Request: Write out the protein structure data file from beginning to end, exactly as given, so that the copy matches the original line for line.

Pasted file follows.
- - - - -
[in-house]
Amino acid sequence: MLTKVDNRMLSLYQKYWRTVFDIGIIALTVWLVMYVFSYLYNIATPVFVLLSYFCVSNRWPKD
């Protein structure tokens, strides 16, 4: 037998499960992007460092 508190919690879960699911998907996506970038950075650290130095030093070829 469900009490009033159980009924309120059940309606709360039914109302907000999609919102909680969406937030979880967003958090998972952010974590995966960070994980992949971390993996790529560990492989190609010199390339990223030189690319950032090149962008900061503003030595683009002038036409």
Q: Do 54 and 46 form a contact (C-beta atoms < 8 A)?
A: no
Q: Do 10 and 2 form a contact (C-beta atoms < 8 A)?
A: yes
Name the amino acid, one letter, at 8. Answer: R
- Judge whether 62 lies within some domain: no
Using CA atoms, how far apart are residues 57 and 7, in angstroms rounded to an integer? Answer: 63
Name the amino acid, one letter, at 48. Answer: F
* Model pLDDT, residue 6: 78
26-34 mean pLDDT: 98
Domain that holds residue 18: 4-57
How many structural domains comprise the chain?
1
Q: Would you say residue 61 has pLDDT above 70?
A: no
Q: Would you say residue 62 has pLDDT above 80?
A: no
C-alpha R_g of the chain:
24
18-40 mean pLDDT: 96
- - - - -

[in-house]
Amino acid sequence: MLTKVDNRMLSLYQKYWRTVFDIGIIALTVWLVMYVFSYLYNIATPVFVLLSYFCVSNRWPKD
């Protein structure tokens, strides 16, 4: 037998499960992007460092 508190919690879960699911998907996506970038950075650290130095030093070829 469900009490009033159980009924309120059940309606709360039914109302907000999609919102909680969406937030979880967003958090998972952010974590995966960070994980992949971390993996790529560990492989190609010199390339990223030189690319950032090149962008900061503003030595683009002038036409």
Q: Do 54 and 46 form a contact (C-beta atoms < 8 A)?
A: no
Q: Do 10 and 2 form a contact (C-beta atoms < 8 A)?
A: yes
Name the amino acid, one letter, at 8. Answer: R
- Judge whether 62 lies within some domain: no
Using CA atoms, how far apart are residues 57 and 7, in angstroms rounded to an integer? Answer: 63
Name the amino acid, one letter, at 48. Answer: F
* Model pLDDT, residue 6: 78
26-34 mean pLDDT: 98
Domain that holds residue 18: 4-57
How many structural domains comprise the chain?
1
Q: Would you say residue 61 has pLDDT above 70?
A: no
Q: Would you say residue 62 has pLDDT above 80?
A: no
C-alpha R_g of the chain:
24
18-40 mean pLDDT: 96